But the issue of GM screens came up on a tangent during the course of proceedings. I was glad to hear that Ken Hite doesn't use them, and felt vindicated about that, because as a long-term naysayer about GM screens I sometimes wonder if I'm from a different planet to most people engaged in the hobby.
The case against GM screens is as follows:
- It creates an artificial psychological barrier between the GM and players. I like to think that I'm gaming with friends, not teaching a group of schoolkids.
- It makes the players wonder whether or not the GM is fudging. I roll all my dice in the open, and frequently tell the players what an NPC needs to score a hit or succeed on their roll. It's way more tense that way, and it keeps me honest. Rolling dice in secret would make the players suspicious I was cheating, either in their favour or otherwise.
- Related to the point made above, a GM screen provides a constant temptation to fudge. If they players can't see the dice, there'll always be a small part of you that wants to change the result despite your better judgment.
- On the rare occasions in which you want to roll secretly - for instance, if you don't want a player to know whether something has succeeded or not - you can just do it behind your hand, for Goodness' sake.
- It sends out the unfortunate message that in order to GM you have to be some sort of all-powerful, pontificating svengali figure, pronouncing judgments from on high and subtly manipulating everything behind the scenes like a puppet master. Instead of just, you know, facilitating a game.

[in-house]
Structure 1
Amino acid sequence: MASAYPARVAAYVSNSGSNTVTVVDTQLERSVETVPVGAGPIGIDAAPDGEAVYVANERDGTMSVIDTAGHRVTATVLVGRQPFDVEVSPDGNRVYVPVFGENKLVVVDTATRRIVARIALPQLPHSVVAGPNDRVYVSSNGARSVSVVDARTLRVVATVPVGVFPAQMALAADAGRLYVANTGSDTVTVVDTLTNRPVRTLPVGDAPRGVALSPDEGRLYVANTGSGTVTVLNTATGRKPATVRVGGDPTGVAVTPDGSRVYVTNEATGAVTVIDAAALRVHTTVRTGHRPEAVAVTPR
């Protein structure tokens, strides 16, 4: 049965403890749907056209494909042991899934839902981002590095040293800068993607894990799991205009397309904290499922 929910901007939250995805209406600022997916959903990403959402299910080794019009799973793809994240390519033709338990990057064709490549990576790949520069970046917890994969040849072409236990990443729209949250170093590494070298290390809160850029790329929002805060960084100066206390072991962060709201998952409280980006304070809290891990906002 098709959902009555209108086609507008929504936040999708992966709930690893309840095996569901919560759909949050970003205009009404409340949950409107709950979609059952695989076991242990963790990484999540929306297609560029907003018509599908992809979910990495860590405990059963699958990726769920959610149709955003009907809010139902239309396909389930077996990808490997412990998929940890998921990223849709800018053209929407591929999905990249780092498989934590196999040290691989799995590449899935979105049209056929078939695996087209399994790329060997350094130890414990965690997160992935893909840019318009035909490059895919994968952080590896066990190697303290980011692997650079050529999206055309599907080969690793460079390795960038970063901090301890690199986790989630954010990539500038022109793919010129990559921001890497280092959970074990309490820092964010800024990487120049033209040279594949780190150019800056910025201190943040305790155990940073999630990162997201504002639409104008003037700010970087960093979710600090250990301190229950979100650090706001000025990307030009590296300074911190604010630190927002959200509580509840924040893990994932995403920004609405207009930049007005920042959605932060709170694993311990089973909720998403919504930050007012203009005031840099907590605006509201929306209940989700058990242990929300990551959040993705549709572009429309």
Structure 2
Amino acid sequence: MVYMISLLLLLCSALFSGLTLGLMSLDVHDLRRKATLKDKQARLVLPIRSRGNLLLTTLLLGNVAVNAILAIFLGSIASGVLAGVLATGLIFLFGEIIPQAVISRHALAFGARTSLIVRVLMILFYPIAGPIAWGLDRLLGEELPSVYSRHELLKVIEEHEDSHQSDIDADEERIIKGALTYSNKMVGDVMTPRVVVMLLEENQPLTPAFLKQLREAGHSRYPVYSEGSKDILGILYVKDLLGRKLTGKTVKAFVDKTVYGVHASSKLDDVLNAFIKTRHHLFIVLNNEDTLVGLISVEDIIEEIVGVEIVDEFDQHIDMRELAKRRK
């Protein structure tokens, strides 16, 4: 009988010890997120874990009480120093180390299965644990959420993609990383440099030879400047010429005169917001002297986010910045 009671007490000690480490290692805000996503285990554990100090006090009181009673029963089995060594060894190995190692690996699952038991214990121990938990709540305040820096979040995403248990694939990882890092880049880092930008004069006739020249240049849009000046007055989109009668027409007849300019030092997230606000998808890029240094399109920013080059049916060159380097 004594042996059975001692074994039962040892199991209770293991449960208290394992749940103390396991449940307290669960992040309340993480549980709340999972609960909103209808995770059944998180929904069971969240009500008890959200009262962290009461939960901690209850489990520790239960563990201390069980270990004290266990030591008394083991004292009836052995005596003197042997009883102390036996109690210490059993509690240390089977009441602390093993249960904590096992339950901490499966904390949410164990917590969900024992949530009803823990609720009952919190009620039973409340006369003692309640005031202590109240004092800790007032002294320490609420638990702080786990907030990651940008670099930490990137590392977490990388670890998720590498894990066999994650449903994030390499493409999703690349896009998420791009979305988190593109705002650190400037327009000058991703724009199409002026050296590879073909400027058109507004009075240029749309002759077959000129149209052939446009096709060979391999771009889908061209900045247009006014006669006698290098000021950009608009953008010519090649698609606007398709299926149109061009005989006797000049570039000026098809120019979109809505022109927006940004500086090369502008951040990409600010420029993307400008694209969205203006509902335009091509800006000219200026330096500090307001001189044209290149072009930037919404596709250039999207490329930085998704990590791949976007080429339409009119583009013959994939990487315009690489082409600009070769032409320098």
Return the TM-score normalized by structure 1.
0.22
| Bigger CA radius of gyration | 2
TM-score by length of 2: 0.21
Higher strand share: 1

- I was involved in a Call of Cthulu game with the least frightening GM screen ever invented. Me and one of the other players had a running joke that one of the sinister Cthuloid entities on the front looked kind of like the Blue Peter tortoise. It totally ruined the mood.
- The table I use is a bit too small to set one up.
- If you game in a public area, like we do, you look like a total nerd. Being an RPG nerd is bad enough without drawing attention to it.
- They have pretty tables and charts on the back for handy reference.
Your honour, the case for the prosecution rests.